Welcome to my quick reviews ~ a mix of short takes on movies and books I’ve recently watched or read. Note that I don’t have a problem blabbing spoilers, so if that bothers you, skip this post. I finally figured out how to create a normal list that the block editor doesn’t screw up. Yay me!
1. The Jazz Singer starring Neil Diamond. I thought this was literally about jazz, which I’m uninterested in, so I kept passing it by. But no. It’s a 1980 remake of the 1925 play by Samson Raphaelson. Despite not being a jazz fan, I may watch one of the earlier, grittier adaptations. I enjoy movies with Jewish themes in general. TJS’s original title was Day of Atonement, which is a much better choice imo. TJS is not really about music ~ it’s about a son’s relationship with his father and his struggle to accept or reject the traditions he was born into.
I definitely enjoyed the Diamond version and I don’t understand why his acting was panned. He played the part well. I get why Lawrence Olivier’s performance was mocked, as he was way over the top as the old cantor. It reminded me of how ridiculous he was as Van Helsing in Dracula. The ending of TJS surprised me and I might have preferred a different one, but perhaps this one was more realistic. The soundtrack from TJS outperformed the film and is fabulous. I never realized “Coming to America” was from this film, and it fits perfectly!
I want to watch more meaningful movies like this one, and hopefully Prime will now reconfigure its algorithm and recommend them to me. I am so tired of garbage romcoms (good romcoms are fine, but most of the ones I haven’t seen already are terrible).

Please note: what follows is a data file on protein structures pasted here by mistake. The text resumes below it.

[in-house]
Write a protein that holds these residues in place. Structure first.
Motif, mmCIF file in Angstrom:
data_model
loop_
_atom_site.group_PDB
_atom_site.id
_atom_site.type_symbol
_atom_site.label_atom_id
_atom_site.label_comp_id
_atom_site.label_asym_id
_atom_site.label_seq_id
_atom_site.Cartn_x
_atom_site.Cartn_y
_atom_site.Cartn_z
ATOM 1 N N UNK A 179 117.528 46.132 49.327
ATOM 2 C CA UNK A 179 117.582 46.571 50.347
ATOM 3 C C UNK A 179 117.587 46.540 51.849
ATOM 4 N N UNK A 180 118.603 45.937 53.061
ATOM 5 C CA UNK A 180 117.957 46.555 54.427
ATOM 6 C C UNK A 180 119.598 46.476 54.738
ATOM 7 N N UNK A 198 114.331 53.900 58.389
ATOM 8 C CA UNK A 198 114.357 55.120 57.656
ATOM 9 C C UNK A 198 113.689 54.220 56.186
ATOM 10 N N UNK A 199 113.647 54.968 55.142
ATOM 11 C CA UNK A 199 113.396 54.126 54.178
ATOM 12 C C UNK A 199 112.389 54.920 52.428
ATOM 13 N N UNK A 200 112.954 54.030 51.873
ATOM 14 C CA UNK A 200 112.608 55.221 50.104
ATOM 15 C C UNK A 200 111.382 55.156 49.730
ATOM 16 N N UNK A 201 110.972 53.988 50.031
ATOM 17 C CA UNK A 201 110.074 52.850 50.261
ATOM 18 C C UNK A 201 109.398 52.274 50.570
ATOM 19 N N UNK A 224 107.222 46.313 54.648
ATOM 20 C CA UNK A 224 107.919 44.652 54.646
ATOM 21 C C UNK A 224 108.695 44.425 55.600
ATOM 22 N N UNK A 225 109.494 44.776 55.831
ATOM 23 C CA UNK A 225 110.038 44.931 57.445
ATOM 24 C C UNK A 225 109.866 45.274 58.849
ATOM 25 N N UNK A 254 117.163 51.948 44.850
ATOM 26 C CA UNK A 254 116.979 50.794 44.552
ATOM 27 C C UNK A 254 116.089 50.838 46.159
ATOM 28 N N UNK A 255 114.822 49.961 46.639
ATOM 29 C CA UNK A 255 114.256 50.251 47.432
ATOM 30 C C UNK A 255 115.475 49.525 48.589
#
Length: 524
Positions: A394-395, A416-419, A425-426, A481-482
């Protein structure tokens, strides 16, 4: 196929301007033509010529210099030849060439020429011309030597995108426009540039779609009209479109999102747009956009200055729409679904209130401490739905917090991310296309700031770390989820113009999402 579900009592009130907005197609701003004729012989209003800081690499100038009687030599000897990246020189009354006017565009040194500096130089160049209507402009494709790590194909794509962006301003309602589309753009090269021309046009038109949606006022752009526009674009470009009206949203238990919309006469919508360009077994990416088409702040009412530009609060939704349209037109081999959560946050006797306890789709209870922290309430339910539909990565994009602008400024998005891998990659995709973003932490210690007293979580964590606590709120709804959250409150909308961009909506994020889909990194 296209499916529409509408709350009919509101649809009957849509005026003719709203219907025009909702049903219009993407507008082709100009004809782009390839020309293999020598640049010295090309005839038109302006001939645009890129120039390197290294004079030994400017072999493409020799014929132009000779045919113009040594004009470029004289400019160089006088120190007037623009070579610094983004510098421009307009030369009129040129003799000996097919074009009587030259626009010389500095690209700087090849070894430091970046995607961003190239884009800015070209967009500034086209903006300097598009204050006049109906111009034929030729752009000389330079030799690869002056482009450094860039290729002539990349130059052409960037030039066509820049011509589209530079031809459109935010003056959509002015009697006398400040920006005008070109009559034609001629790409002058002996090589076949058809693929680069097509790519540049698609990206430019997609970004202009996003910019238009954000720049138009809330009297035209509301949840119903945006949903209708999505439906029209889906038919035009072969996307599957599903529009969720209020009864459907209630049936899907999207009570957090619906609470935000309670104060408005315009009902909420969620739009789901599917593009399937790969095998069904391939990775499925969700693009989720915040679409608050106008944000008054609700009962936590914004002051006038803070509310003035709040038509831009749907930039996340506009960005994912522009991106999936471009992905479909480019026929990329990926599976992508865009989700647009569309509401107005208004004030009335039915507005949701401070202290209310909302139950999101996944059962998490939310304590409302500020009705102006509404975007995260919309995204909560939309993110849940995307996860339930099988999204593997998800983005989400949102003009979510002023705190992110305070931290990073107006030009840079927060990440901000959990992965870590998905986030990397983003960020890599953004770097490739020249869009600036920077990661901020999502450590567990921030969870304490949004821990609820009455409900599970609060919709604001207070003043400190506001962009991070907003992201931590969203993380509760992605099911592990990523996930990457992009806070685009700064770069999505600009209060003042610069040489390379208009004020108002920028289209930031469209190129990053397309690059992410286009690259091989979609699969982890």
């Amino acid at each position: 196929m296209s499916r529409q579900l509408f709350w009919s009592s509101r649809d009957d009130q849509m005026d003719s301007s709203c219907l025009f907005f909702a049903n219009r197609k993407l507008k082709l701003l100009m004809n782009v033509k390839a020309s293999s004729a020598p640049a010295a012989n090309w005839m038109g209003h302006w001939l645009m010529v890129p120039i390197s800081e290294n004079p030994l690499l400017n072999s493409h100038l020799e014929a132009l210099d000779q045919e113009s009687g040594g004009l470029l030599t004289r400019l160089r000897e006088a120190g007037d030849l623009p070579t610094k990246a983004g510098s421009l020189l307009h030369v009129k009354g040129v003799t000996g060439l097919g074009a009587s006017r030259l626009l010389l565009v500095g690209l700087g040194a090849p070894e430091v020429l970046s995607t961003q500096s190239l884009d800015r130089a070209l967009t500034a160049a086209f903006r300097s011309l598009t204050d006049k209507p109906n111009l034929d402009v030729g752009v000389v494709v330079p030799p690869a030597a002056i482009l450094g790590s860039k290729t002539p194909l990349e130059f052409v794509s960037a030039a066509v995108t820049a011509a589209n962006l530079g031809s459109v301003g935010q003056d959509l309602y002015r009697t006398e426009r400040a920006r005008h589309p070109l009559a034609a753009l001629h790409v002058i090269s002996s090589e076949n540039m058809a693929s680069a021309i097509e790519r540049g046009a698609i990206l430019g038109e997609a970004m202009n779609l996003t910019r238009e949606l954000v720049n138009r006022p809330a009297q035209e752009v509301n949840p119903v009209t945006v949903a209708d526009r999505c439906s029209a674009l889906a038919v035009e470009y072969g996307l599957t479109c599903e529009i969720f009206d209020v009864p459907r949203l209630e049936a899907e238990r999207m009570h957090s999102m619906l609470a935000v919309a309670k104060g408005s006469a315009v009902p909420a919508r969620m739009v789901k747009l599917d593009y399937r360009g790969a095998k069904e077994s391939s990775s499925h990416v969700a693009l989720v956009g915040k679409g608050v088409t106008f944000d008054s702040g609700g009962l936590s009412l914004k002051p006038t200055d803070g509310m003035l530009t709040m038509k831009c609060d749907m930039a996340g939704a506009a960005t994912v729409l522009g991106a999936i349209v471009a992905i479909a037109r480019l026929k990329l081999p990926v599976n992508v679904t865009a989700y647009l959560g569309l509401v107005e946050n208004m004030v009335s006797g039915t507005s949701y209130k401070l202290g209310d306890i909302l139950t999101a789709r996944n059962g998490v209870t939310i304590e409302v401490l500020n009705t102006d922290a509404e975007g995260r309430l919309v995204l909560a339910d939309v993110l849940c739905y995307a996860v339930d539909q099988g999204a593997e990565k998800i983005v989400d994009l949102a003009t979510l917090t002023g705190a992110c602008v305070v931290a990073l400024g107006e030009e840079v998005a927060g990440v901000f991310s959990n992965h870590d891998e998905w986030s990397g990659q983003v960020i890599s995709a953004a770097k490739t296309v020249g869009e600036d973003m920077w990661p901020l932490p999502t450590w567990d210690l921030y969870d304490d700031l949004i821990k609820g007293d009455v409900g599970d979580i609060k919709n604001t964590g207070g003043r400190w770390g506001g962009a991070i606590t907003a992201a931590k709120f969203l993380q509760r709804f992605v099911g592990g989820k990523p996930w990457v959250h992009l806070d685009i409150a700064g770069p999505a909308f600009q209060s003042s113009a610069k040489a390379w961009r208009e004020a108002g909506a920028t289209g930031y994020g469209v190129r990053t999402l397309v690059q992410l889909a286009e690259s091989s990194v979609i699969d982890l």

2. Have We Met? by Joclyn Torain, 2021. This is another fun romance novel centered on the Black experience ~ though there is not much difference between fantasy Black romance and fantasy white, except for hair. I am definitely getting that vibe from having read several of these now. The search for love sucks whoever you are, except when you’re young your hormones compel you to chase it regardless.
in HWM, Cori has to choose between a great guy who is in her life currently and a weird prediction from a sketchy phone app that she has yet to run into “the one.” We’re not sure who put the app on her phone or how it knows so much about her, and the explanation was fun albeit absurd. I also enjoyed the dynamics of the various friendships portrayed throughout the novel. I gave this book 4 stars for capturing and holding my interest despite the fact that I’m a dino and have trouble understanding how a woman could ever be attracted to a (known) bi guy or a person who is gender neutral. No need to explain or call me names. My own fantasy of what a hero should be colors my reading.
For example, if a guy told me he normally was attracted to childless women but would make an exception in my case, I dumped him. I figured that after the initial attraction cooled, he’d resent the attention I gave to my daughters. If a man told me he usually preferred blondes or women who enjoyed camping or who were Christian or had master’s degrees… out he went. I never wanted to be a consolation prize. Oh you’re not my ideal, but I’m desperate and will settle. No thx. The same applied to men who had dated men. I wanted to be my man’s dream girl, which never happened and is likely unrealistic. But that’s what I needed, to believe I was his ideal and no one else could ever be.
Besides this, the “problem” keeping Cori and Cory apart was too contrived and flimsy for my taste. This happens often in romance novels and romcoms too, though more often in the books. I’m like oh come on! Would you really not commit to the wonderful person you’ve been having a great time with because the Magic 8 Ball seems to say he isn’t your true love? Do you also make decisions based on fortune cookie inserts? Even so, I recommend the book as a fun read.
HWM has the honor of being the 50th book I’ve read this year!
Only 2 reviews this time because I’ve jabbered on so long.
Image from Pexels.
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